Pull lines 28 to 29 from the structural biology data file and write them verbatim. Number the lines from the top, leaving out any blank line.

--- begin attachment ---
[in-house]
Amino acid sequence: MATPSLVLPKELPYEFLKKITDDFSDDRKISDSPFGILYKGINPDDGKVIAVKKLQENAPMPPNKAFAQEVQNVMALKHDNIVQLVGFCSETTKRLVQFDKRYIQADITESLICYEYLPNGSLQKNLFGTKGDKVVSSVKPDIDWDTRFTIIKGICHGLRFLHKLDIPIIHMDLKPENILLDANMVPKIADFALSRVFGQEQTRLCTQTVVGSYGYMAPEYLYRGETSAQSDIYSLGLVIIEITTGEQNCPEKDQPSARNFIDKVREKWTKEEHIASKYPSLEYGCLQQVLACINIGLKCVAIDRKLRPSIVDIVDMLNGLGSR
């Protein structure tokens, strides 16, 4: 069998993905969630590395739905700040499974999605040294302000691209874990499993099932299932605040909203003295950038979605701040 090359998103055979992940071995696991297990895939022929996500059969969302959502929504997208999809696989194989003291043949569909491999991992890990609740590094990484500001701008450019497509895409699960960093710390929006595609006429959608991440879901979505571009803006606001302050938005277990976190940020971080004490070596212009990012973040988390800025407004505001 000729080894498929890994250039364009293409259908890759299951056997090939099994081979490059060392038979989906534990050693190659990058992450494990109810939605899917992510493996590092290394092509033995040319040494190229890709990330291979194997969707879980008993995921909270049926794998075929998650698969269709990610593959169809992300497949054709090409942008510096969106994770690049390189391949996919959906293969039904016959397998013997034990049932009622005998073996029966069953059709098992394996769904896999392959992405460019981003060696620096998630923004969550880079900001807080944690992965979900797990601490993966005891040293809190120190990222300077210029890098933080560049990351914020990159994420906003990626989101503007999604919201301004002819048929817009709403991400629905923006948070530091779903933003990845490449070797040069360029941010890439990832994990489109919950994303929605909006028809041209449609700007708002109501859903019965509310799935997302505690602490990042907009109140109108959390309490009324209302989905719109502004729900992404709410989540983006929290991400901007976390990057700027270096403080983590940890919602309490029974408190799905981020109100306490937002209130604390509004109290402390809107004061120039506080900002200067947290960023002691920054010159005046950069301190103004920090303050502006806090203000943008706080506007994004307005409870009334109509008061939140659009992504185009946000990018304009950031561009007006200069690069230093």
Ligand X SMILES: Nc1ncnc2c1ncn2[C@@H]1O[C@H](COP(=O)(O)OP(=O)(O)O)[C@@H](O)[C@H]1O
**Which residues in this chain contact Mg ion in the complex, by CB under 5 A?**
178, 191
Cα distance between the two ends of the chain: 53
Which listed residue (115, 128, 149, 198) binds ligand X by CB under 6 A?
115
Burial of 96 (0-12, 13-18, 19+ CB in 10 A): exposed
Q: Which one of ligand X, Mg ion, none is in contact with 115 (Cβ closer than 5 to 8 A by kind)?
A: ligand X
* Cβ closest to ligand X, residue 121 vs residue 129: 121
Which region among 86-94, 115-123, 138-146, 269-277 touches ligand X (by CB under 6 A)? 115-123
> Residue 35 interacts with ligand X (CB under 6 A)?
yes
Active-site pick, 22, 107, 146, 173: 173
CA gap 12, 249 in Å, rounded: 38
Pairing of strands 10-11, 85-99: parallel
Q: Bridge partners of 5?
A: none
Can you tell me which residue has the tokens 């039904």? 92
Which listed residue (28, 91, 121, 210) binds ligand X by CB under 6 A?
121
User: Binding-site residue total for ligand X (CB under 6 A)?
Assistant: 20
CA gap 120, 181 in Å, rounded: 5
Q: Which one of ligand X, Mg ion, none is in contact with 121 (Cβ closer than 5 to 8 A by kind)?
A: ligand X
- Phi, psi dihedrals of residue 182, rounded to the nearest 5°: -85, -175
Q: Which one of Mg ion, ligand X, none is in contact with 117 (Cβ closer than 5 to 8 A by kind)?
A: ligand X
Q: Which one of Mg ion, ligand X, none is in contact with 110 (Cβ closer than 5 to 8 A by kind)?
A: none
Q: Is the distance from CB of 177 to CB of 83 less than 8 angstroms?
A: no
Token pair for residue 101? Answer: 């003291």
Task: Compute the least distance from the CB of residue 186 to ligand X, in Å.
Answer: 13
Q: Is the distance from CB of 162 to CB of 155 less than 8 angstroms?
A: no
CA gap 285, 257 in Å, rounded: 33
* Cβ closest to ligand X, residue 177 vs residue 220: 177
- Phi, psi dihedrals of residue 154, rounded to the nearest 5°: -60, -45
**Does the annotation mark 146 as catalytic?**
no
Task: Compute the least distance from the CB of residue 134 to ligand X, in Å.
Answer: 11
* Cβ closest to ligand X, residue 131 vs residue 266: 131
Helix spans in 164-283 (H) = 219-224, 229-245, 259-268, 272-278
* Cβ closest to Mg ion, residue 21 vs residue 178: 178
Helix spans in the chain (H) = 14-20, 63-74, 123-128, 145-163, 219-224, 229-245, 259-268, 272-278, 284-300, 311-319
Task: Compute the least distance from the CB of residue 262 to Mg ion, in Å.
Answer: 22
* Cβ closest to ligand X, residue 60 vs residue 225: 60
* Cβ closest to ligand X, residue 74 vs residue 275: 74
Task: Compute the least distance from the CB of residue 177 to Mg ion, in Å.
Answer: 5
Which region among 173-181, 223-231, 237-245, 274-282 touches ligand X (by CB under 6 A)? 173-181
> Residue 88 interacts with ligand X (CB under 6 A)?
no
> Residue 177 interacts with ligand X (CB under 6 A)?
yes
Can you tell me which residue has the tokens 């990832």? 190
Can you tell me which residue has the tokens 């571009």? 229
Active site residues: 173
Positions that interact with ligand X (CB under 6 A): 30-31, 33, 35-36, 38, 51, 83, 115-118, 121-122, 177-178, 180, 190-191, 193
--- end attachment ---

Q: Which one of ligand X, Mg ion, none is in contact with 121 (Cβ closer than 5 to 8 A by kind)?
A: ligand X